The reason I share this is because it helps show that there are a wide variety of uses for used road bikes other than just road based transportation.  And being a blog on used road bikes, it is only fair to cover any and all aspects. Also, knowing about the other uses of the bikes may help people to find one for themselves, which is the main topic of this blog.

I personally think that if a bike is being used and enjoyed, then it is of no concern how it is used.  Regardless, the many other uses of used road bikes stirs quite  a debate across different riding disciplines.  Feel free to share your thoughts and comments below!

Best Online Sources for Used Road Bikes

March 29, 2009

Although online isn’t necessarily the best or cheapest place to get a used road bike, it is the best alternative if you are having no luck finding one locally.  In this post I’ll list and describe the top sites I’ve had luck finding used road bikes on.   Most have a revolving inventory so if you don’t see anything right away keep checking back.  These sites are also listed from best to worst according to my experience with each.

First, is one I’ve mentioned before, which is Craigslist.  It’s really hit or miss.  But this one tends to have the most ‘inventory’ of bikes for sale, it’s just a matter of how much your willing to pay and how much you want to search.  You could really search any and all cities for used road bikes and if you find one you like ask the seller if they would be willing to ship it.  This would obviously cost more due to the shipping, but if the deals there it may be worth it.

Next, is Recycled Cyles.  They typically sell newer bikes and are often higher priced bikes.  Their bikes are decent deals, it’s again just a matter of whether you want to spend more to get a newer/nicer bike.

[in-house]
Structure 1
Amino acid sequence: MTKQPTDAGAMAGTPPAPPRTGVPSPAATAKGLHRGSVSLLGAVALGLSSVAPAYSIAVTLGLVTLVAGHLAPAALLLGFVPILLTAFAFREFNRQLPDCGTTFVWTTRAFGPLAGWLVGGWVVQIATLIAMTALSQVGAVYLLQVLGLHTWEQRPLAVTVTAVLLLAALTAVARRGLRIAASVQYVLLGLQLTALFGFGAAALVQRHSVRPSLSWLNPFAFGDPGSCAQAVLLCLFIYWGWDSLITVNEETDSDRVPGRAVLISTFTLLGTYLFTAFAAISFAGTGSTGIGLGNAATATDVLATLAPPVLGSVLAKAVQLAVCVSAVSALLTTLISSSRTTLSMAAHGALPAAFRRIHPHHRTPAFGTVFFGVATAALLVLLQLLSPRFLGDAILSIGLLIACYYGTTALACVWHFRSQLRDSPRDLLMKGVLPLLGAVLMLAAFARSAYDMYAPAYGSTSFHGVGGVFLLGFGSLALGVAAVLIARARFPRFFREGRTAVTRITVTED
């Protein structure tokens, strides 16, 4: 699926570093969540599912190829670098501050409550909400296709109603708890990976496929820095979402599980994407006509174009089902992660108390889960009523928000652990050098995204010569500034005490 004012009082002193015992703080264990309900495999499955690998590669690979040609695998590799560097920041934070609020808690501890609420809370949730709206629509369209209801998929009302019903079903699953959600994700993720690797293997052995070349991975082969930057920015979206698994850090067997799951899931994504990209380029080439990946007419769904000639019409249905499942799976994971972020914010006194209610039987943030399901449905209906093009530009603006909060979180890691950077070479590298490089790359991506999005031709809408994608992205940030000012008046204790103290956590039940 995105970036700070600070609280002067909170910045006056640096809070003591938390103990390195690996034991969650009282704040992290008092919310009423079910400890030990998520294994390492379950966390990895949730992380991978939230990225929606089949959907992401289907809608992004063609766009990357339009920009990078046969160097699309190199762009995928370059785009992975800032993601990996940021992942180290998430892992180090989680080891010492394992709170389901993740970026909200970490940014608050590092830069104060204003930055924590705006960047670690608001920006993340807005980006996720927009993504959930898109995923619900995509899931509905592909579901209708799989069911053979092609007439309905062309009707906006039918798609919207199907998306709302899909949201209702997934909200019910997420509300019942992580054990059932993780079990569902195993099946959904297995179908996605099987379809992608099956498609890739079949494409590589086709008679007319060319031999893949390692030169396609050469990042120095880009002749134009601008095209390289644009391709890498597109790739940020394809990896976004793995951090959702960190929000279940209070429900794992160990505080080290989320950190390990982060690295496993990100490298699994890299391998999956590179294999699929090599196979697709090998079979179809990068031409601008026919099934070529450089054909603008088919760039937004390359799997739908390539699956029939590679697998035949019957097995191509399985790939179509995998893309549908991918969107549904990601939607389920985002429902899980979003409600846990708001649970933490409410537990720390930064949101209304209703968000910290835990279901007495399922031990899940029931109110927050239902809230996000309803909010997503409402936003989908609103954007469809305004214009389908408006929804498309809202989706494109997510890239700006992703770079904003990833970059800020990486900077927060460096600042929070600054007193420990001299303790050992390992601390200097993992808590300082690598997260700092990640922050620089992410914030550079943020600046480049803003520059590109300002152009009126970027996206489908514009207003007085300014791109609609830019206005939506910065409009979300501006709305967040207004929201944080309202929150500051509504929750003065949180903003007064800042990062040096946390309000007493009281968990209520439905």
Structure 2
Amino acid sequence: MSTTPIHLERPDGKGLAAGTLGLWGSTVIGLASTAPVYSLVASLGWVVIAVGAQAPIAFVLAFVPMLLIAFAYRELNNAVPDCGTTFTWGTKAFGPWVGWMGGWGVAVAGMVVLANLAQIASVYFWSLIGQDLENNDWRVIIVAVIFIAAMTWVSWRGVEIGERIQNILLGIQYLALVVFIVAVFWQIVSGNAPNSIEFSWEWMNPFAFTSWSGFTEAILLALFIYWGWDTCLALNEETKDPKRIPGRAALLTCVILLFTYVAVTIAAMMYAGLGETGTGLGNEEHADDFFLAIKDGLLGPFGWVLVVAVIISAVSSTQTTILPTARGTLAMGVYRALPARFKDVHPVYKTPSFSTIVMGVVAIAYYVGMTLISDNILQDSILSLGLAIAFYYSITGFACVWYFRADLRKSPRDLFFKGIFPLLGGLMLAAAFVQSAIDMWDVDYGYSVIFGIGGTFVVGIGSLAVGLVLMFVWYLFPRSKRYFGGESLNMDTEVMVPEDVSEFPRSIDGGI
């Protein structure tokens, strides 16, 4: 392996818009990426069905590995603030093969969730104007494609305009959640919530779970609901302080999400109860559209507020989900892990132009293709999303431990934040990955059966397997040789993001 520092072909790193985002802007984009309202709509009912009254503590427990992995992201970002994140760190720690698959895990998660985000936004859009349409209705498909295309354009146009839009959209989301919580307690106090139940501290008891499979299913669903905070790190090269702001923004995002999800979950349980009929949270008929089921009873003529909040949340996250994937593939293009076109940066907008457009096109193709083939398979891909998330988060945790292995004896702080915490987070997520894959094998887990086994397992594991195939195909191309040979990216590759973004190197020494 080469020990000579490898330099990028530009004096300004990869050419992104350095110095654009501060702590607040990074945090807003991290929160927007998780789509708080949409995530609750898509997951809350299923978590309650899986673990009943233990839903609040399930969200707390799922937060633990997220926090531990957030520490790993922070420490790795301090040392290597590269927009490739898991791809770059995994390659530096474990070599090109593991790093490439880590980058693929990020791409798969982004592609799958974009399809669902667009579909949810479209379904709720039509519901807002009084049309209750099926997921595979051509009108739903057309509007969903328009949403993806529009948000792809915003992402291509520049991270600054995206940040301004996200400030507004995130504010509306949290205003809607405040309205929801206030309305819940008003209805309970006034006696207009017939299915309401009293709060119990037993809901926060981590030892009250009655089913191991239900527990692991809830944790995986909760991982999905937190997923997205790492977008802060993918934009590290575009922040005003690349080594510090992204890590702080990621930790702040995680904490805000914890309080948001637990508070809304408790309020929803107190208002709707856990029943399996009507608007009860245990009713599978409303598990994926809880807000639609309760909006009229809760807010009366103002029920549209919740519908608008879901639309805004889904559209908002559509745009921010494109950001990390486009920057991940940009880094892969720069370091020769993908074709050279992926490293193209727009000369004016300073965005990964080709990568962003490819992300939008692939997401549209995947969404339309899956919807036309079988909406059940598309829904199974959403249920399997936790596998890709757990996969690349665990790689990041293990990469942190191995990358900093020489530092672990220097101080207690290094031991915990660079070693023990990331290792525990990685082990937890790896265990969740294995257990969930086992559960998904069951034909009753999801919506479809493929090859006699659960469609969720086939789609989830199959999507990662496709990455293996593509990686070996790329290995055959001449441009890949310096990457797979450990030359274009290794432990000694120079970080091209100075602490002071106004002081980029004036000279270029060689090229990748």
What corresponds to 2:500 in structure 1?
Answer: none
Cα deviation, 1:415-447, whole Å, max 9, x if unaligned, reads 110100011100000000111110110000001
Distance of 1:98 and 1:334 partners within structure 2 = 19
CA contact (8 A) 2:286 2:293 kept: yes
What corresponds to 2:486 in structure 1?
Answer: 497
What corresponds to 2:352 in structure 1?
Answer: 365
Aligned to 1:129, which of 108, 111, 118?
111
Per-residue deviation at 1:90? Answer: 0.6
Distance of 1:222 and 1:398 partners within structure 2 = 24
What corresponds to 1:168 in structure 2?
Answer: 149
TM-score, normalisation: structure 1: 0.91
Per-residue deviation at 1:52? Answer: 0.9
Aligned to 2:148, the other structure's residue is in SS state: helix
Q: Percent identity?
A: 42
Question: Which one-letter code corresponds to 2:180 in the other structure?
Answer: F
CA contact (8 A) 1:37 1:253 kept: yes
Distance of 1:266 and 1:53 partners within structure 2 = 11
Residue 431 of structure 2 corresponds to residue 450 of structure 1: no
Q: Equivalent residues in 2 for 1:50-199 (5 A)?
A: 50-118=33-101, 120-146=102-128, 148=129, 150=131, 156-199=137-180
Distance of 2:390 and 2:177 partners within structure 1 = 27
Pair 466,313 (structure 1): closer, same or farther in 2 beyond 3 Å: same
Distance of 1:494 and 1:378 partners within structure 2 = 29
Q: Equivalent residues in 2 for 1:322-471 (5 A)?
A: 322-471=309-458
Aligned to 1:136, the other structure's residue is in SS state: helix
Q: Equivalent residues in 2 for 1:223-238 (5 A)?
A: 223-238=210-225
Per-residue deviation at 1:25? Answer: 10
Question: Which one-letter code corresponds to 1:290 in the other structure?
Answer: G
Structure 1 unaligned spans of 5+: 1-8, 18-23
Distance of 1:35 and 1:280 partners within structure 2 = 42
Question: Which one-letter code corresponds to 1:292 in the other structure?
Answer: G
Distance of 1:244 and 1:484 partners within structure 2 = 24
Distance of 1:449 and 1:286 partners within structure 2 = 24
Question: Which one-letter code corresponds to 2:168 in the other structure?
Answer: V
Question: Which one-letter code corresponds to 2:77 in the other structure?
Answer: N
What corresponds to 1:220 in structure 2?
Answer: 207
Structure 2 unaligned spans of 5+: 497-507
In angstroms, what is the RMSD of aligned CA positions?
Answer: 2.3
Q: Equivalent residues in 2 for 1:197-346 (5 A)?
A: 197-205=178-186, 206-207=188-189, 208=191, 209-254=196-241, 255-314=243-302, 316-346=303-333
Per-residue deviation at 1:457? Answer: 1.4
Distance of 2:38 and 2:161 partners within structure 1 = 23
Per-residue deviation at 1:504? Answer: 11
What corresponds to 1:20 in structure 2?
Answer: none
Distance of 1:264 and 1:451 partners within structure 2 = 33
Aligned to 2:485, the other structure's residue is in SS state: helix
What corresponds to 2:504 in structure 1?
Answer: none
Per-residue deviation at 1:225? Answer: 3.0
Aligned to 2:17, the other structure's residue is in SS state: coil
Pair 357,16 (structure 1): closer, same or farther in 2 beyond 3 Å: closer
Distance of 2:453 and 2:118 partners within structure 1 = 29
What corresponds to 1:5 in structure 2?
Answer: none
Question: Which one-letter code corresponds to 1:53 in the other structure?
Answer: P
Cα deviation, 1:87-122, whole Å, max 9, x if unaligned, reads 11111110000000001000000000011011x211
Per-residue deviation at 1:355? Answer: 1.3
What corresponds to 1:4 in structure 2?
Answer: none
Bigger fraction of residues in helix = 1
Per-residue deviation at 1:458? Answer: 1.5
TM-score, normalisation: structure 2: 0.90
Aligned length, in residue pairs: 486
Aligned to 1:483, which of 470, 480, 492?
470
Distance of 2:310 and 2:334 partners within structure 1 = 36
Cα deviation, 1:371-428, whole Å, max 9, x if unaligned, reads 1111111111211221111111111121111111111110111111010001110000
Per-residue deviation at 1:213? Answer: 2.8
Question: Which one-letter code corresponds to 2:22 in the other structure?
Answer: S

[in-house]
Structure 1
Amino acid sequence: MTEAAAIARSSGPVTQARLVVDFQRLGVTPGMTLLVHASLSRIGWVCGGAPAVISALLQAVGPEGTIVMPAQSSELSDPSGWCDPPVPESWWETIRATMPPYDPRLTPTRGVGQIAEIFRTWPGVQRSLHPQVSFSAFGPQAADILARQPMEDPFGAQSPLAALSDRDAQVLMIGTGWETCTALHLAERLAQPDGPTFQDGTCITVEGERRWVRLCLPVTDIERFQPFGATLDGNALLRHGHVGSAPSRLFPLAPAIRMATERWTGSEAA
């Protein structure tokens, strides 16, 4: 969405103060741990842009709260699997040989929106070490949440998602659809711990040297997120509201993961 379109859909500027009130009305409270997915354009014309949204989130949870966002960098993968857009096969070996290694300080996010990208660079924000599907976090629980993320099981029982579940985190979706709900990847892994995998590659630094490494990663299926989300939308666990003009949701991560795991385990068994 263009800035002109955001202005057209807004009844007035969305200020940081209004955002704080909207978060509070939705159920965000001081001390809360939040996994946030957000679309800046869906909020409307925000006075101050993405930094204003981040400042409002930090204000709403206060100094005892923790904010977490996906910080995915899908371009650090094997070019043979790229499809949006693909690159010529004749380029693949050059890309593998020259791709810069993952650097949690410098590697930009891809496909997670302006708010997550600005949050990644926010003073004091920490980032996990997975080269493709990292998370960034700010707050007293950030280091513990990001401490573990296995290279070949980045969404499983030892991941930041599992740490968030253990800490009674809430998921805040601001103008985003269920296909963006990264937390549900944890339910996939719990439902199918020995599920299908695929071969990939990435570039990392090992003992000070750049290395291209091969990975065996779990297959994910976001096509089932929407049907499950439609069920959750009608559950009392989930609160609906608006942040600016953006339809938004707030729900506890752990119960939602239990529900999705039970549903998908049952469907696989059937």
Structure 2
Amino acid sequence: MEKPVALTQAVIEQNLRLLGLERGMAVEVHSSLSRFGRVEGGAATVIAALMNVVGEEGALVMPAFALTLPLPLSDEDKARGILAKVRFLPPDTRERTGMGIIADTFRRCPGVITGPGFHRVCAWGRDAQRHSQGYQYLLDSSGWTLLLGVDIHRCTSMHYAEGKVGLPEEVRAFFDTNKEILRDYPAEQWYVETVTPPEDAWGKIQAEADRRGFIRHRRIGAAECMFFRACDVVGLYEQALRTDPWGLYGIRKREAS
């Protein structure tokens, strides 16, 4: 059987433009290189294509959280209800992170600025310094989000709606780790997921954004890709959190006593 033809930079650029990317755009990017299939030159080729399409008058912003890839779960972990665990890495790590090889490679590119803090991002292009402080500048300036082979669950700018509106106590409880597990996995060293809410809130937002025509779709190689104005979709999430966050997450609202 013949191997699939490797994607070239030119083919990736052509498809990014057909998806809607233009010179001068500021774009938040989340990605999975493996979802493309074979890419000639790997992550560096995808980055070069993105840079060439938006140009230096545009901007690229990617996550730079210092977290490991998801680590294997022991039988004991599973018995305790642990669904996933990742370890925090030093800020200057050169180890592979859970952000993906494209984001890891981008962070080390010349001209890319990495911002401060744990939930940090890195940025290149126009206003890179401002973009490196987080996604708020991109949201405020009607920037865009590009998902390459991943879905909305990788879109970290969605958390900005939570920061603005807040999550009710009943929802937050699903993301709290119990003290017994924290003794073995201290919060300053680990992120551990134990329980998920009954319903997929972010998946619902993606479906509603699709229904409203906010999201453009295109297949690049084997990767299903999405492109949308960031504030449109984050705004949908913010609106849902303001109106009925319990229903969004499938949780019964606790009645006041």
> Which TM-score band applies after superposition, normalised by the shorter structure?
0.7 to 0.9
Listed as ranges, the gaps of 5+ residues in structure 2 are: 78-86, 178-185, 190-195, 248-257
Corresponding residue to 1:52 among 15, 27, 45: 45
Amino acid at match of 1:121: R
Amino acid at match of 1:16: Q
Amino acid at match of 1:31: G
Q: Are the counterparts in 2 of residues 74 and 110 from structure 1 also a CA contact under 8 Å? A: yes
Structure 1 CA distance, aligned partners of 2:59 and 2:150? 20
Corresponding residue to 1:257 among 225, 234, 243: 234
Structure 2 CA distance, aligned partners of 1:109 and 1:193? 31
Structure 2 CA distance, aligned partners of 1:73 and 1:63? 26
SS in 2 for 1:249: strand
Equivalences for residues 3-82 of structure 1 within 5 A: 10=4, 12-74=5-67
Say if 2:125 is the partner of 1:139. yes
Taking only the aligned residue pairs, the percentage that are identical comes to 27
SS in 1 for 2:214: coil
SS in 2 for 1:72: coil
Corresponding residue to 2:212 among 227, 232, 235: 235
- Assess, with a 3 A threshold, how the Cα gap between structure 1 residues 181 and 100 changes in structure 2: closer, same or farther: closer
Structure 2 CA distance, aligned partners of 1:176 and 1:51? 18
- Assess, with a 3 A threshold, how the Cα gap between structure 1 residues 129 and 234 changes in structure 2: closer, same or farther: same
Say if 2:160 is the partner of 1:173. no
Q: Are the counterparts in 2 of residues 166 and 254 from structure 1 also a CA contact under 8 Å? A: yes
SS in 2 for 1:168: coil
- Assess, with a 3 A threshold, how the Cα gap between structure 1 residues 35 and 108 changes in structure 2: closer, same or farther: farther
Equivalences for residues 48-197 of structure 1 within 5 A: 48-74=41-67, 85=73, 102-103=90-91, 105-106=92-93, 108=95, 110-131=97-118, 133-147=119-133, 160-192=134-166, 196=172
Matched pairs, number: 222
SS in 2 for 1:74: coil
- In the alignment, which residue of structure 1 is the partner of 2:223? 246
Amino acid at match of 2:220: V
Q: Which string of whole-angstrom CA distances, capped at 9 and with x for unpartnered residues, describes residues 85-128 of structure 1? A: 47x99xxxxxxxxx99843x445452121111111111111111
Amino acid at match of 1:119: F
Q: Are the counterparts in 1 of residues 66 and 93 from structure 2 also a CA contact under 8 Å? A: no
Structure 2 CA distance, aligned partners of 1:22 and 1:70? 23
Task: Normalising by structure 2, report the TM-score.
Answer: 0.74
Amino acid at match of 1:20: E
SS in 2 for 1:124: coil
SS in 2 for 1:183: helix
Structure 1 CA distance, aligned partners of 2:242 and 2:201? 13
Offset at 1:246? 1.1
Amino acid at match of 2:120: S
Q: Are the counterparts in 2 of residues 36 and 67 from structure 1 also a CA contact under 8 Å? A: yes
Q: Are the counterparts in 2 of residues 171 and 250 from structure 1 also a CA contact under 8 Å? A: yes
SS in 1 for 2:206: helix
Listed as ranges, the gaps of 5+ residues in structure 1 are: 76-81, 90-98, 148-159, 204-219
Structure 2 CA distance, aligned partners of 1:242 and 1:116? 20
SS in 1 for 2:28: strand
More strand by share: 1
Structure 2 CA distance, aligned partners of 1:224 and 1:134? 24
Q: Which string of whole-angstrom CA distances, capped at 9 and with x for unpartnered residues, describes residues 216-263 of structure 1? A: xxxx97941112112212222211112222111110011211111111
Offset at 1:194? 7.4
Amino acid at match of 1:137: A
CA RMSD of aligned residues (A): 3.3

Last, is good ‘ol Ebay.  Ebay can produce good deals on occassion, but it could still take a while since there aren’t quite as many used road bikes on there as some other sources.  However, if you are diligent and again are willing to pay a bit more Ebay is a great source.  Also, if other people are bidding on it up to a certain point and you finally win you know you got the bike for very close to what it is actually worth.

That’s all for now!   If and/or when I find more I’ll be sure to add them to the list.  If you’ve had luck with any of these online sources for used road bikes or another not listed here, please share in the comments.

Make New Friends, Find Used Road Bikes!

February 19, 2009

Another way of finding used road bikes that I never thought of, because it is so obvious, is to get out to some races, rides, or communities and meet some other bike riders.  Not only is there a good chance they will have a bike you could use/buy/get parts from but they can also assist you in your search much better than anyone else.  Much like how I try help here but on a more local and personal level.  Most people who get addicted to bicycling end up with multiple bikes, many times of the same type (road bike for example).  So it’s a win-win for everyone.  You and others make new friends and find more people to ride with, you get a bike or advice or parts or whatever they can offer, and the other person gets to sell their bike or parts or help friends do the same.  There are lots of ways to find out who and where cyclists are and they meet.


The first place, obviously, is the net.  There are many forums for all types of cycling.  I’ve listed the top few below, but feel free to do your own search.  Many of them are have regional sections but just getting on and posting you’ll start to see active users in your area.  Send them a message and ask if you can meet or if they know anyone with a bike or parts.  Also, do a search for local cycling events, it’s not uncommon for county parks and other recreation facilities to put together rides/races/events.  The other search you could perform is for local ride groups such as Faster Mustache (one of Atlanta’s better cycling sites).

Local Bike Shops

Local bikes shops are another place to ask and look for events and races where you could meet other riders.  They commonly have calenders of events and sometimes even a e-mail newsletter list you could subscribe to to stay up to date on events.  This includes the larger box stores such as REI.

I’m sure there’s other ways as well.  If you’ve done any of these or have your own tips to share please add them in the comments.